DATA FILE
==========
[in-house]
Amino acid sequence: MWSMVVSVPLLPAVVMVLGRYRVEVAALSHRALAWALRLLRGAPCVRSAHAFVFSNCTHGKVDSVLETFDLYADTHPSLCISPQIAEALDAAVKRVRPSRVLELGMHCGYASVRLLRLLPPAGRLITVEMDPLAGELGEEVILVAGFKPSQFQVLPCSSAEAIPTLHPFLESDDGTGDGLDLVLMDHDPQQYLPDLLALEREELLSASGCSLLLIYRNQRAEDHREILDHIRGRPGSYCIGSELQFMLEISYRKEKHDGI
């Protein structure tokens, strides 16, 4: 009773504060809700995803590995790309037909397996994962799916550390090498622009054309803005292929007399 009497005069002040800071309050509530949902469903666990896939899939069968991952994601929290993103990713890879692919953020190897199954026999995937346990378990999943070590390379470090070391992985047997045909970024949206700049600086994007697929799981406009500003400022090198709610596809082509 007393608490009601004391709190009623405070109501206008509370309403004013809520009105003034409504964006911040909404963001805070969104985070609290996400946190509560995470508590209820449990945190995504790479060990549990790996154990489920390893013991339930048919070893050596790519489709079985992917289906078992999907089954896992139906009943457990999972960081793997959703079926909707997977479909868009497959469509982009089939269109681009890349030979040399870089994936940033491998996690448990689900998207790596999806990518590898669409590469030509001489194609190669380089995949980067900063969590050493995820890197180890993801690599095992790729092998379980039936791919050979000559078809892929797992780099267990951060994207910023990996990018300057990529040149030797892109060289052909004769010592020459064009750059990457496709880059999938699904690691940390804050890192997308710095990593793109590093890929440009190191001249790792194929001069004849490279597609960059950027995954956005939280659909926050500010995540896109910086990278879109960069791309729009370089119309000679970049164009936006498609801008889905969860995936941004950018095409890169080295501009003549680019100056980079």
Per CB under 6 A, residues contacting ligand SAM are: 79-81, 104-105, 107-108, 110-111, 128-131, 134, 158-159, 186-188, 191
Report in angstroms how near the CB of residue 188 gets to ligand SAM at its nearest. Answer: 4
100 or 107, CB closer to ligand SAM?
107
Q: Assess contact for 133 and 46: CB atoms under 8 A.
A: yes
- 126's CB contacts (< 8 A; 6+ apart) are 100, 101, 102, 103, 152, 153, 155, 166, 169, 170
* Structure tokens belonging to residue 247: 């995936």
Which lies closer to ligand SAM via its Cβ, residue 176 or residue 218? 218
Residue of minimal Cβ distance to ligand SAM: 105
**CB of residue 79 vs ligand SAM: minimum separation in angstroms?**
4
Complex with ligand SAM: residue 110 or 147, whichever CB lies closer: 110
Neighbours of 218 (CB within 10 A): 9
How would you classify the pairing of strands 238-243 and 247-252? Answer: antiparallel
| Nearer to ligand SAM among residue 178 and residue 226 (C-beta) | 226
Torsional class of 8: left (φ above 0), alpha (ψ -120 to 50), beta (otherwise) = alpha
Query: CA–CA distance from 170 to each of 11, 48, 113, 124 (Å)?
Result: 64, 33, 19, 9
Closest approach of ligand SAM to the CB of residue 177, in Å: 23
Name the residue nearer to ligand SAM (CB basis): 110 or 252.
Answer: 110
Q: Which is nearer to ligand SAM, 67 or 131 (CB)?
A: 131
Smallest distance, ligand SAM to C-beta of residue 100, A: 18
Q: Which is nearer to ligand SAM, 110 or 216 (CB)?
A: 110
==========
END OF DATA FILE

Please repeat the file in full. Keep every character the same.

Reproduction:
[in-house]
Amino acid sequence: MWSMVVSVPLLPAVVMVLGRYRVEVAALSHRALAWALRLLRGAPCVRSAHAFVFSNCTHGKVDSVLETFDLYADTHPSLCISPQIAEALDAAVKRVRPSRVLELGMHCGYASVRLLRLLPPAGRLITVEMDPLAGELGEEVILVAGFKPSQFQVLPCSSAEAIPTLHPFLESDDGTGDGLDLVLMDHDPQQYLPDLLALEREELLSASGCSLLLIYRNQRAEDHREILDHIRGRPGSYCIGSELQFMLEISYRKEKHDGI
């Protein structure tokens, strides 16, 4: 009773504060809700995803590995790309037909397996994962799916550390090498622009054309803005292929007399 009497005069002040800071309050509530949902469903666990896939899939069968991952994601929290993103990713890879692919953020190897199954026999995937346990378990999943070590390379470090070391992985047997045909970024949206700049600086994007697929799981406009500003400022090198709610596809082509 007393608490009601004391709190009623405070109501206008509370309403004013809520009105003034409504964006911040909404963001805070969104985070609290996400946190509560995470508590209820449990945190995504790479060990549990790996154990489920390893013991339930048919070893050596790519489709079985992917289906078992999907089954896992139906009943457990999972960081793997959703079926909707997977479909868009497959469509982009089939269109681009890349030979040399870089994936940033491998996690448990689900998207790596999806990518590898669409590469030509001489194609190669380089995949980067900063969590050493995820890197180890993801690599095992790729092998379980039936791919050979000559078809892929797992780099267990951060994207910023990996990018300057990529040149030797892109060289052909004769010592020459064009750059990457496709880059999938699904690691940390804050890192997308710095990593793109590093890929440009190191001249790792194929001069004849490279597609960059950027995954956005939280659909926050500010995540896109910086990278879109960069791309729009370089119309000679970049164009936006498609801008889905969860995936941004950018095409890169080295501009003549680019100056980079």
Per CB under 6 A, residues contacting ligand SAM are: 79-81, 104-105, 107-108, 110-111, 128-131, 134, 158-159, 186-188, 191
Report in angstroms how near the CB of residue 188 gets to ligand SAM at its nearest. Answer: 4
100 or 107, CB closer to ligand SAM?
107
Q: Assess contact for 133 and 46: CB atoms under 8 A.
A: yes
- 126's CB contacts (< 8 A; 6+ apart) are 100, 101, 102, 103, 152, 153, 155, 166, 169, 170
* Structure tokens belonging to residue 247: 């995936």
Which lies closer to ligand SAM via its Cβ, residue 176 or residue 218? 218
Residue of minimal Cβ distance to ligand SAM: 105
**CB of residue 79 vs ligand SAM: minimum separation in angstroms?**
4
Complex with ligand SAM: residue 110 or 147, whichever CB lies closer: 110
Neighbours of 218 (CB within 10 A): 9
How would you classify the pairing of strands 238-243 and 247-252? Answer: antiparallel
| Nearer to ligand SAM among residue 178 and residue 226 (C-beta) | 226
Torsional class of 8: left (φ above 0), alpha (ψ -120 to 50), beta (otherwise) = alpha
Query: CA–CA distance from 170 to each of 11, 48, 113, 124 (Å)?
Result: 64, 33, 19, 9
Closest approach of ligand SAM to the CB of residue 177, in Å: 23
Name the residue nearer to ligand SAM (CB basis): 110 or 252.
Answer: 110
Q: Which is nearer to ligand SAM, 67 or 131 (CB)?
A: 131
Smallest distance, ligand SAM to C-beta of residue 100, A: 18
Q: Which is nearer to ligand SAM, 110 or 216 (CB)?
A: 110